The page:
Six months after the global division by the agencies was celebrated, the Franco-Prussian War (1870-1871) broke out, during which the countries of Havas (France) and Wolff (Prussia) clashed. Caused by Bismarck (who edited a telegraphic dispatch from Wolff to manipulate French public opinion), France declared war on Prussia, which in turn invaded and occupied the neighboring country. Victorious, Prussia emerged strengthened and, in 1871, led the other independent German states to form a single unified nation-state: Germany. Although the conflict did not break the agreements irreversibly, it made the relationship between the French and German agencies more difficult, while strengthening the ties between Reuters and Havas.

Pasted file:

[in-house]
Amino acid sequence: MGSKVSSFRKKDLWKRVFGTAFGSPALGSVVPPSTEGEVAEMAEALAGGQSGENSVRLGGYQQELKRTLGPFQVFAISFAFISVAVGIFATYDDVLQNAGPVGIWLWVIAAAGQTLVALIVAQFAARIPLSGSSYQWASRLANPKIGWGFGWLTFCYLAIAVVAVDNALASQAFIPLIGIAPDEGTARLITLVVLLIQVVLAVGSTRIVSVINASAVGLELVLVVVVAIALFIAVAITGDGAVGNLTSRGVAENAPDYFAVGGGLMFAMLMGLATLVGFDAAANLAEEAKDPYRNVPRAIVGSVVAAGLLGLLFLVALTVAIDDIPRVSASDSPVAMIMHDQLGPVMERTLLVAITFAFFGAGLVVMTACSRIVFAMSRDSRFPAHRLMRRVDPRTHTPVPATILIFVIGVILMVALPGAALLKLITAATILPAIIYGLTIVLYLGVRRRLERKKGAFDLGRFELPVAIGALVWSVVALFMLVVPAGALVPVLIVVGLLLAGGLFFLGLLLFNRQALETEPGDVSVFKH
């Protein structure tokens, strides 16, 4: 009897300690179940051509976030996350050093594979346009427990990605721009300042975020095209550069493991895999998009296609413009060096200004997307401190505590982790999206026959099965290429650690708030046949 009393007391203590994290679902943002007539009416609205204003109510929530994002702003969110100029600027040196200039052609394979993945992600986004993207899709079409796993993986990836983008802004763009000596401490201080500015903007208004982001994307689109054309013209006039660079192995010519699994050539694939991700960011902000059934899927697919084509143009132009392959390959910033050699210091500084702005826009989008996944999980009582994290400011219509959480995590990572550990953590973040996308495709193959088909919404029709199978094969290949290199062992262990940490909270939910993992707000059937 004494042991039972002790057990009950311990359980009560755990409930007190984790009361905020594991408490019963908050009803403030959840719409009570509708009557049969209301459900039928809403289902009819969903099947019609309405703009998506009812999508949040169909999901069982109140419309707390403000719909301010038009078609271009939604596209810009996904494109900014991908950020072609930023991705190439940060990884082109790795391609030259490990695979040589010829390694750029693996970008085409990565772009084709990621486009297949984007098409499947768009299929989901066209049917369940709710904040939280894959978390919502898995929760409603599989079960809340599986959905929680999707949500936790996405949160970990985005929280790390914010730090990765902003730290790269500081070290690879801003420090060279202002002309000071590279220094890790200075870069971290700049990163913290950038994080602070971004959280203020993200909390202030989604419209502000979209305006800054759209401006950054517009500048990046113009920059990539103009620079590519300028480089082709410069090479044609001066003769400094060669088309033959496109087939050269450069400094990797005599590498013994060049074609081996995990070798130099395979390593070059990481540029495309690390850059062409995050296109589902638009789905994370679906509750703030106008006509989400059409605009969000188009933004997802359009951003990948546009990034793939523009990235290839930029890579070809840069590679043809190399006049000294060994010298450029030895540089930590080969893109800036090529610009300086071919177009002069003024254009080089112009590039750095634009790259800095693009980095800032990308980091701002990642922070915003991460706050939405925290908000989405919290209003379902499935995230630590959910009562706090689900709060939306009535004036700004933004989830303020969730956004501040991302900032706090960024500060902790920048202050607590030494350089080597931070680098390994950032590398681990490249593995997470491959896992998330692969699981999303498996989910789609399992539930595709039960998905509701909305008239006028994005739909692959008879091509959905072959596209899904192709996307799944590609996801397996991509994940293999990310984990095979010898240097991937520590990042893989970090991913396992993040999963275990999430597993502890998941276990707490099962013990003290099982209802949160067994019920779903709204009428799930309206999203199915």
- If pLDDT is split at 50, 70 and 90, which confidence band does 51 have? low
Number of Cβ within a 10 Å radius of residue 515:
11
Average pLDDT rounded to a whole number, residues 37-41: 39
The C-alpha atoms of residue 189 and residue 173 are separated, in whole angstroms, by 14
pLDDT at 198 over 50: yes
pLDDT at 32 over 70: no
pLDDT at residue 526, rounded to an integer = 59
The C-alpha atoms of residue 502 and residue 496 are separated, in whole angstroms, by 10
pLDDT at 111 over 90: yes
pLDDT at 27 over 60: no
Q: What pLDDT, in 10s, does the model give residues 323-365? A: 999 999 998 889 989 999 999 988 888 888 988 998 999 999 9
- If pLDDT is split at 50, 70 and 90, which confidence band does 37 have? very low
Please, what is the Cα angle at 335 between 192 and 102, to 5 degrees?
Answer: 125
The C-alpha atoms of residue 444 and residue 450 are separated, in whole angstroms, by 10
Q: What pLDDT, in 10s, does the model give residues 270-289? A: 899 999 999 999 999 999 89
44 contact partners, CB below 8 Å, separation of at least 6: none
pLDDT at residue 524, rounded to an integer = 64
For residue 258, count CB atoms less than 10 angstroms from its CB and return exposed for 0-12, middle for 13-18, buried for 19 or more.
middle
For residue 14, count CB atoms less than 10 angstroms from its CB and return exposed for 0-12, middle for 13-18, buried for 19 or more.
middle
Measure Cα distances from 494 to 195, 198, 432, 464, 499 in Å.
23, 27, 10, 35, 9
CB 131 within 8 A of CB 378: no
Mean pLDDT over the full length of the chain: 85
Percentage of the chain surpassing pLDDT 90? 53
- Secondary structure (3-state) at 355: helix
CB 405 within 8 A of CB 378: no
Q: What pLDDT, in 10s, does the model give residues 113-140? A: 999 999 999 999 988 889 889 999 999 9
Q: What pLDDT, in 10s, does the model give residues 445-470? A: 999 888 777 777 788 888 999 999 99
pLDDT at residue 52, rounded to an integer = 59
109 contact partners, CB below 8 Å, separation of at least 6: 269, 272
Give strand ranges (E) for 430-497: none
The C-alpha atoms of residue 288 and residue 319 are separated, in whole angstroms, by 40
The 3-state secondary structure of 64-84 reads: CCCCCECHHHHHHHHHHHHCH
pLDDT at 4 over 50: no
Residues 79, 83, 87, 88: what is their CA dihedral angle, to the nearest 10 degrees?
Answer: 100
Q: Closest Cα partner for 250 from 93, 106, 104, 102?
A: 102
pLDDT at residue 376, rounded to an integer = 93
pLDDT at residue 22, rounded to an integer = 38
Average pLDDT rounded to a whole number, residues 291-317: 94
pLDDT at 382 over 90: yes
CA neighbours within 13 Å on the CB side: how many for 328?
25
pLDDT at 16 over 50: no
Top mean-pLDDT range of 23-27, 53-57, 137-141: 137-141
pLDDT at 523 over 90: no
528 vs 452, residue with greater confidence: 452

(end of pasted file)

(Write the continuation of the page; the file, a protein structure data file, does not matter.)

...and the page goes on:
In 1871, Bernhard Wolff retired from the management of the agency.  From 1876 to 1878, another war, now in the Balkans (which led to the independence of Serbia, Montenegro, Bulgaria and Romania, hitherto vassals of the Ottoman Empire) generated a new conflict between the cartel's agencies. Contrary to what had happened in Italy two decades earlier, Havas and Reuters preferred to compete for coverage, and each sent their correspondents separately to a territory that was assigned to Wolff, "invading" the exclusive zone of the German agency. In 1879, Bernhard Wolff died. The agency's management remained with its partners, representatives of the German press and banks. At the beginning of the 20th century, WTB was one of the largest news agencies in the world, with correspondents across Europe and more in America and Asia, and an estimated capital of 1 million marks. Wolffs Telegraphisches Bureau was the main source of foreign coverage for the German-language press and for Eastern Europe.